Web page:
Religion Magazine

Beautiful Duty?

By Richardl @richardlittleda

A day with the Army

Duty wears starched shirts and dark suits. Duty turns its mouth down at the corners, perches on the edge of the sofa so as not to be too comfortable. It picks at its food, smiles politely but never laughs and appears a little heavy around the heart.

I spent yesterday with a group of people with a keenly developed sense of duty, and nothing about the description above could have been further from the truth. They wore polo shirts, floral print, collars and ties and everything in between. We laughed, we played, we learnt, we savoured our meals and we shared a common drive to serve a borderless kingdom. My companions were a group pf Salvation Army officers from the furthest corners of the United Kingdom and beyond. Our day was spent together learning about preaching, and it was my privilege to serve as trainer.

Whenever teaching others, I make it my aim to learn as well, and yesterday was no exception. These people taught me a lot about the color of duty. They have a duty to stand out as Salvation Army officers in public where many of us would seek anonymity. They have a duty to move on from each posting as and when they are instructed to. They have a duty to move on without a backward glance or a word of resentment because, as one expressed it to me ‘we signed up to serve’.  In all of that, though, I heard not the slightest hint of resentment. Theirs was not a sombre, hefty cloak of duty, but a brightly coloured garment worn with the pride born of love. Not only that, but I was struck by how many of my 15 companions were serving in the footsteps of their parents. We rarely emulate our parents unless we believe it is worth doing so.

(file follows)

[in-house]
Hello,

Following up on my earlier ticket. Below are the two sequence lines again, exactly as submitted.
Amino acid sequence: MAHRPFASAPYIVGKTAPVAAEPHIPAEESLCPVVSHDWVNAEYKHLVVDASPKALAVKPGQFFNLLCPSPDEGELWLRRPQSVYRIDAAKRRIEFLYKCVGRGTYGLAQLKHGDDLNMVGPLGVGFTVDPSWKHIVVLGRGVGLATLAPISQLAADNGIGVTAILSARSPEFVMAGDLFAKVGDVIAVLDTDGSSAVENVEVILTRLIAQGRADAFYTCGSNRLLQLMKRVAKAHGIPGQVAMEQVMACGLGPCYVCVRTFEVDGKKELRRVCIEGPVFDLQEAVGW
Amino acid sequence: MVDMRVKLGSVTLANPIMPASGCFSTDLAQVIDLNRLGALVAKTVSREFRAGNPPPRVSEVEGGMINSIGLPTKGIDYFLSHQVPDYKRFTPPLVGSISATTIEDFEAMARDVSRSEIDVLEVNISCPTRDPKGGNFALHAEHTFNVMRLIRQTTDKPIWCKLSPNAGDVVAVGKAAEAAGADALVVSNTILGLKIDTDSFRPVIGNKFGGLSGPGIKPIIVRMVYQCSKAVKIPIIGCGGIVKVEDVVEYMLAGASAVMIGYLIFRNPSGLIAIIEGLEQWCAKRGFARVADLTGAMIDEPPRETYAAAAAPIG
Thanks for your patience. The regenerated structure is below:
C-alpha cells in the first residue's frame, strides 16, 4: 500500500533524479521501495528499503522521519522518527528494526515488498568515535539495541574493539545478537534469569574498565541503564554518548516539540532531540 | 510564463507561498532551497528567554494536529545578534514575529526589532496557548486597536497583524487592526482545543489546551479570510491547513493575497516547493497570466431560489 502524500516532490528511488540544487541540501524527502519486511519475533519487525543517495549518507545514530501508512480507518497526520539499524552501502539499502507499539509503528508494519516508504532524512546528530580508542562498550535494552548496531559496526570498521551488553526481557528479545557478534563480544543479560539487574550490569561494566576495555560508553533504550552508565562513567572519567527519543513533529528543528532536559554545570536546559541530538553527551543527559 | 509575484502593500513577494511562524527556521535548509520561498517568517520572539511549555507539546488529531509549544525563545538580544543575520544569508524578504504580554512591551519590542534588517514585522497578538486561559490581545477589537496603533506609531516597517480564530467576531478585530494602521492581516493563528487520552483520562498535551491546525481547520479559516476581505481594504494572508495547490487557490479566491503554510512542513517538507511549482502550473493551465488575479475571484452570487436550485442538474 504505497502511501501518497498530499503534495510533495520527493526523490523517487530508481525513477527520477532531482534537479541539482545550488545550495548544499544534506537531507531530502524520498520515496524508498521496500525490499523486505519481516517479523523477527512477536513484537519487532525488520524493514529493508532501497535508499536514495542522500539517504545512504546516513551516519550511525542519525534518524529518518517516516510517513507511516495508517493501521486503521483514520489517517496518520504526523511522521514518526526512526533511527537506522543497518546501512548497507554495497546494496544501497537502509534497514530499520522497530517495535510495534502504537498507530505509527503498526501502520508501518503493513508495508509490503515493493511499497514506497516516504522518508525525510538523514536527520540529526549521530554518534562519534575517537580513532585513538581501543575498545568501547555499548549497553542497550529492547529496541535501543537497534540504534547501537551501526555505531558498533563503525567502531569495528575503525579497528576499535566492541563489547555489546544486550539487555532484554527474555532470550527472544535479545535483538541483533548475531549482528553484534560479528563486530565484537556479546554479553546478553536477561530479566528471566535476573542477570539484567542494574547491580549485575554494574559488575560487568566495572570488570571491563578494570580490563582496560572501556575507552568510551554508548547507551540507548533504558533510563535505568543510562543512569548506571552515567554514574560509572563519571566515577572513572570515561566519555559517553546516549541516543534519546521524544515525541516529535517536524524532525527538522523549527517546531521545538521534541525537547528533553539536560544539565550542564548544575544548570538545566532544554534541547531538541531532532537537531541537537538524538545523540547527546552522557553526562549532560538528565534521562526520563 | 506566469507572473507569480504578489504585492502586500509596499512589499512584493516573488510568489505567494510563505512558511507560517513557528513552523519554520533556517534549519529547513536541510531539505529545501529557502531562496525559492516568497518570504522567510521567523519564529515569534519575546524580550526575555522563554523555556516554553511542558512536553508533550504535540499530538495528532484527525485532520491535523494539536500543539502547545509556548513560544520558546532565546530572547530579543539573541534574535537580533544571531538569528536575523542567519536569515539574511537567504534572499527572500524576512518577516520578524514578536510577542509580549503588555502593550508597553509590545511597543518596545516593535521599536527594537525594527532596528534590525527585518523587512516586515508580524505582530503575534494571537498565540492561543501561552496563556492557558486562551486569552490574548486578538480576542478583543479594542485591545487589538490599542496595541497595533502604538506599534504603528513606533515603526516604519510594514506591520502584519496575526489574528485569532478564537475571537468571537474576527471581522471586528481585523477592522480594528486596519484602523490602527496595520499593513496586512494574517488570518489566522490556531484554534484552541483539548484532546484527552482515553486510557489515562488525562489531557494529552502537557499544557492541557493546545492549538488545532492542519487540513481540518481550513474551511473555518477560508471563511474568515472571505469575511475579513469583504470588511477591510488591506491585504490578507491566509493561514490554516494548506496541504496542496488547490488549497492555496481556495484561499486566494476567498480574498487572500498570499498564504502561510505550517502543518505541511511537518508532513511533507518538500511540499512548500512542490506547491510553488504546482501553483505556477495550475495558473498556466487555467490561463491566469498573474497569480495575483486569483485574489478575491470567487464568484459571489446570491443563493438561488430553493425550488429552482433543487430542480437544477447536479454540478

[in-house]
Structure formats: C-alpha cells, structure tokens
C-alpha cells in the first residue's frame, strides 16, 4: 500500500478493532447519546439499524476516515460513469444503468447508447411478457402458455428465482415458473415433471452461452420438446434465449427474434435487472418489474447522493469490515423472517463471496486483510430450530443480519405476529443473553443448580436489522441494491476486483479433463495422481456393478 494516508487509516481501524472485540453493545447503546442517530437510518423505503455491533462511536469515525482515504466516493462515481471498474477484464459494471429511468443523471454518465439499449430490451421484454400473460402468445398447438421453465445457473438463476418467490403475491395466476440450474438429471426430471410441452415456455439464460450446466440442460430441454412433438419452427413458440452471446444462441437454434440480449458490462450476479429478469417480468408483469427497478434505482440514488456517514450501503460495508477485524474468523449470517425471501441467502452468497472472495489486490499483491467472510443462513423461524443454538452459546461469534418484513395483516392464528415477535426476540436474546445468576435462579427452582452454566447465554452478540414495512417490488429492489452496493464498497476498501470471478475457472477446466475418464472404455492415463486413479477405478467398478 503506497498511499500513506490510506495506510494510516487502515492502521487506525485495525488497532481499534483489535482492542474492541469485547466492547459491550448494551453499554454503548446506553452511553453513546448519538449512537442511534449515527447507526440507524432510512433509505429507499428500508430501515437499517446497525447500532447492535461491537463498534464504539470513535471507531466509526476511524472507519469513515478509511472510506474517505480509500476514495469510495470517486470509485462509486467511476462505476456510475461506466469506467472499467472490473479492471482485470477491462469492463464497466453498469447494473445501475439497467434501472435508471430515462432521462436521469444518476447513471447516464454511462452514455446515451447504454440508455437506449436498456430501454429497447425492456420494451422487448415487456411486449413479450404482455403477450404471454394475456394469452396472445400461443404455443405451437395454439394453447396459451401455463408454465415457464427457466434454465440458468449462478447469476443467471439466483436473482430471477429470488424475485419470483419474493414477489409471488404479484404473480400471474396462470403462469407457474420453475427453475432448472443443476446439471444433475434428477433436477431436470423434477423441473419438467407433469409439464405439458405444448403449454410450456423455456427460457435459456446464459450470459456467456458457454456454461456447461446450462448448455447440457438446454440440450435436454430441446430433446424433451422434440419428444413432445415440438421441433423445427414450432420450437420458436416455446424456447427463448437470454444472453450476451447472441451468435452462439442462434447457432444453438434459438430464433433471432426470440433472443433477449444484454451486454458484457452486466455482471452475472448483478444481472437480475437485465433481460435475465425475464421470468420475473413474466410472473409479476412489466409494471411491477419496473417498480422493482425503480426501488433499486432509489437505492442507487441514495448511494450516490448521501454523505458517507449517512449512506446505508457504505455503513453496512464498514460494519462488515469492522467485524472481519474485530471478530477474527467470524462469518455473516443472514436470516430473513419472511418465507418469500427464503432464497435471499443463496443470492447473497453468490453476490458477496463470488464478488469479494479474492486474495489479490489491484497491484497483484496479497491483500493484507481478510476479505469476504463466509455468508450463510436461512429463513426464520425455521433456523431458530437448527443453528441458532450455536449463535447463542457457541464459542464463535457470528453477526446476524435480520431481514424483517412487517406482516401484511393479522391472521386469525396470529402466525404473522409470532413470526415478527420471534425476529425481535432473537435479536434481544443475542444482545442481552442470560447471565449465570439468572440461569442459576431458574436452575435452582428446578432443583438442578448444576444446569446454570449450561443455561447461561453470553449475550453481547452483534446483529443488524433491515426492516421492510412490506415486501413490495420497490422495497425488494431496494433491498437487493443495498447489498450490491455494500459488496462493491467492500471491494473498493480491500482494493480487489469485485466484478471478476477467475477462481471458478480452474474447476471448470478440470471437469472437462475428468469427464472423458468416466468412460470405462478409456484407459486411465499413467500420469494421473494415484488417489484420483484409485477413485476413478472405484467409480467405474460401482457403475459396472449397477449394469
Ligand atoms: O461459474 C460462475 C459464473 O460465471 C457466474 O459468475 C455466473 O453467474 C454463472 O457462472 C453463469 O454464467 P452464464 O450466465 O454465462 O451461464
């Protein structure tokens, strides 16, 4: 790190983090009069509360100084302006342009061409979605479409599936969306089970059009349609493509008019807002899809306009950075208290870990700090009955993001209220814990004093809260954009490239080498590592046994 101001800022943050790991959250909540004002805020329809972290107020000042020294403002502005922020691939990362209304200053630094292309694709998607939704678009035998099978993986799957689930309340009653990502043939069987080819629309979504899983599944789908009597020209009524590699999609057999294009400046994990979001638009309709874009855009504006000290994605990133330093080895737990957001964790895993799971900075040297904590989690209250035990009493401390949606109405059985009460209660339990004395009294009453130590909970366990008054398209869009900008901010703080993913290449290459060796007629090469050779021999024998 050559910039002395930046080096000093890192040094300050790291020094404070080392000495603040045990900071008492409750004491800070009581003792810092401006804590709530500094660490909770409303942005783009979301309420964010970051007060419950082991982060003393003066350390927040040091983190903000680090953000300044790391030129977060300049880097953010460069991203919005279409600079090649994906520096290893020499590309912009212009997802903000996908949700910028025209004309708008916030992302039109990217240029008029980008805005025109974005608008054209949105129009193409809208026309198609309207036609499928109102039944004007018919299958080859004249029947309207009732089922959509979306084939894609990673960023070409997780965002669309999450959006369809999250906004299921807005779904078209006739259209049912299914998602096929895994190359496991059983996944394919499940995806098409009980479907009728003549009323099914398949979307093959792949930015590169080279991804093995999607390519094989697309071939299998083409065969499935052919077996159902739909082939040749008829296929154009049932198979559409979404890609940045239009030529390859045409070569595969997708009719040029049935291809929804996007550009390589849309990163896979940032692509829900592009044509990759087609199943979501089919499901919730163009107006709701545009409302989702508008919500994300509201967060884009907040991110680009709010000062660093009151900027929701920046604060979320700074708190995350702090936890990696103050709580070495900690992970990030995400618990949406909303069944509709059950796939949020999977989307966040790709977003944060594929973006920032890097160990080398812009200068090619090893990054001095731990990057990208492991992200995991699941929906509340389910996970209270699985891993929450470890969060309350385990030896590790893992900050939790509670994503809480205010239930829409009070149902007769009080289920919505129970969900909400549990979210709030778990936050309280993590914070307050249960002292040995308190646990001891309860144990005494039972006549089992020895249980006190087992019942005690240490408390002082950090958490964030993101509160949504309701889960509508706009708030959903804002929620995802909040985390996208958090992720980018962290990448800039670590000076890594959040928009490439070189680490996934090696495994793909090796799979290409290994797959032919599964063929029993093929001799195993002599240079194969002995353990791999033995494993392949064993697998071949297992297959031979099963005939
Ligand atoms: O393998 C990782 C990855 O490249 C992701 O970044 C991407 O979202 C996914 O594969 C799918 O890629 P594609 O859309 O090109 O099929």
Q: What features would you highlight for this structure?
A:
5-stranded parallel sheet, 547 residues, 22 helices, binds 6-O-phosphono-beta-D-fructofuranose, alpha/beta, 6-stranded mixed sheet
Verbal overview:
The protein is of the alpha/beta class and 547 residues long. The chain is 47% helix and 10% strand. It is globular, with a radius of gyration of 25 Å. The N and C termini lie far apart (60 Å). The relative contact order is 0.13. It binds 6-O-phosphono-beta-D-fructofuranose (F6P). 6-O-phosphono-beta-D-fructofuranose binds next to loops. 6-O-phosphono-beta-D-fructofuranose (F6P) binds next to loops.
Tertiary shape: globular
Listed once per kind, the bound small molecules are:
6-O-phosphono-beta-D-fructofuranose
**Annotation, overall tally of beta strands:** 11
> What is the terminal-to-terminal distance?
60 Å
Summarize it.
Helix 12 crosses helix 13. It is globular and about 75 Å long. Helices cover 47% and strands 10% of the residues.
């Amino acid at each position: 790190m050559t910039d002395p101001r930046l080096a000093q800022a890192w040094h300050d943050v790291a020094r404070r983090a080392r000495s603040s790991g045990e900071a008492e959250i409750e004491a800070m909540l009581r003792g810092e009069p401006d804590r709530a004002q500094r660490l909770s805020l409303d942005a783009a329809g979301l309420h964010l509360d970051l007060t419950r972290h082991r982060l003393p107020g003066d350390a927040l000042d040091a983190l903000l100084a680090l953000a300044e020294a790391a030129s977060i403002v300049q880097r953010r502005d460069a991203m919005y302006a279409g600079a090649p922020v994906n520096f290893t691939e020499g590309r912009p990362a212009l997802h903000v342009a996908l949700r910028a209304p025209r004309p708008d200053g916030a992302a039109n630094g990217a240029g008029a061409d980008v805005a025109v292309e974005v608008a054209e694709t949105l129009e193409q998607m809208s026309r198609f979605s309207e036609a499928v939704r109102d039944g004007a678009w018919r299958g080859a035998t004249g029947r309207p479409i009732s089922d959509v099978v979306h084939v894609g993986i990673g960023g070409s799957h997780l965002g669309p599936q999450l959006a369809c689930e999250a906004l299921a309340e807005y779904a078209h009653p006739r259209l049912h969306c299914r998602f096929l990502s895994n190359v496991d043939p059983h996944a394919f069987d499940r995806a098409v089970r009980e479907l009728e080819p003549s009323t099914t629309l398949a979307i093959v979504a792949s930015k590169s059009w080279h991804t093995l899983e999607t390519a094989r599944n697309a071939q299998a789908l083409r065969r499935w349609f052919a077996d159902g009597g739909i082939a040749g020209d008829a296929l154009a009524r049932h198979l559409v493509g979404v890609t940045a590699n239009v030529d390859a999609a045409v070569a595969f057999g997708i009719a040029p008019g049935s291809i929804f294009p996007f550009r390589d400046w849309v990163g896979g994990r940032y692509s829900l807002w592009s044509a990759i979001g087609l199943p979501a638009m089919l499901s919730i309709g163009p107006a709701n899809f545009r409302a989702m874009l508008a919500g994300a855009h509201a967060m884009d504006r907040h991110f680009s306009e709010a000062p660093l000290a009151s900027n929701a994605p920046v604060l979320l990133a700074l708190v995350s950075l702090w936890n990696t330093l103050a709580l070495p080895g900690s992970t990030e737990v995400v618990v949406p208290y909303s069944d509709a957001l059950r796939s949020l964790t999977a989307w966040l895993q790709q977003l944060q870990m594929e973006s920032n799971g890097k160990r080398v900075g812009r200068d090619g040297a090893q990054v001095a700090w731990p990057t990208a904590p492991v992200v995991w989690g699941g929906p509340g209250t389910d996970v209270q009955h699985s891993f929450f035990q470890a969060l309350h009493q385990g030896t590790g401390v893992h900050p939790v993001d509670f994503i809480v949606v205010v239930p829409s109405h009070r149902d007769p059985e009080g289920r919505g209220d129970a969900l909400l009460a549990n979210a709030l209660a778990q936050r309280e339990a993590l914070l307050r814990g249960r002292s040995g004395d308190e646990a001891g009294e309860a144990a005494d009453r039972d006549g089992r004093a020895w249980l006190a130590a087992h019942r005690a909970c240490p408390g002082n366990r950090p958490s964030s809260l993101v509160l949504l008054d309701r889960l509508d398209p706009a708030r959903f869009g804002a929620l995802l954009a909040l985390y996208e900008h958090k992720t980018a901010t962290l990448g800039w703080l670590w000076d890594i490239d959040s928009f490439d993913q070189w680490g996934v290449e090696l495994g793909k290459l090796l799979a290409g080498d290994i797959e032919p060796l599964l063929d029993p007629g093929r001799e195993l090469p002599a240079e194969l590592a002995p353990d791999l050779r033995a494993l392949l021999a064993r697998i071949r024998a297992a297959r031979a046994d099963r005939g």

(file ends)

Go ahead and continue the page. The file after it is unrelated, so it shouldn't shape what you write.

Years ago, when I was just stumbling my way towards faith, a favorite teacher at school who had a big influence on me was in the Salvation Army. She answered many of my questions and demonstrated a practical and radiant faith. I can recall her taking the time to explain every element of the shield below, from the ‘Gospel Shots’ to the rays of fire. She and her husband went on to leave their careers and serve as Salvation Army Officers.  I remember them looking surprised when I said one week before my baptism that I had written down my testimony. “That can’t be right”, her husband said, “God might do other things between now and then. Your testimony should always be fresh”. Yesterday I met his niece – now a Salvation Army Officer. She passed on the message that she had met me, and I hope she told them that I was doing my best to keep it fresh!

Beautiful duty?


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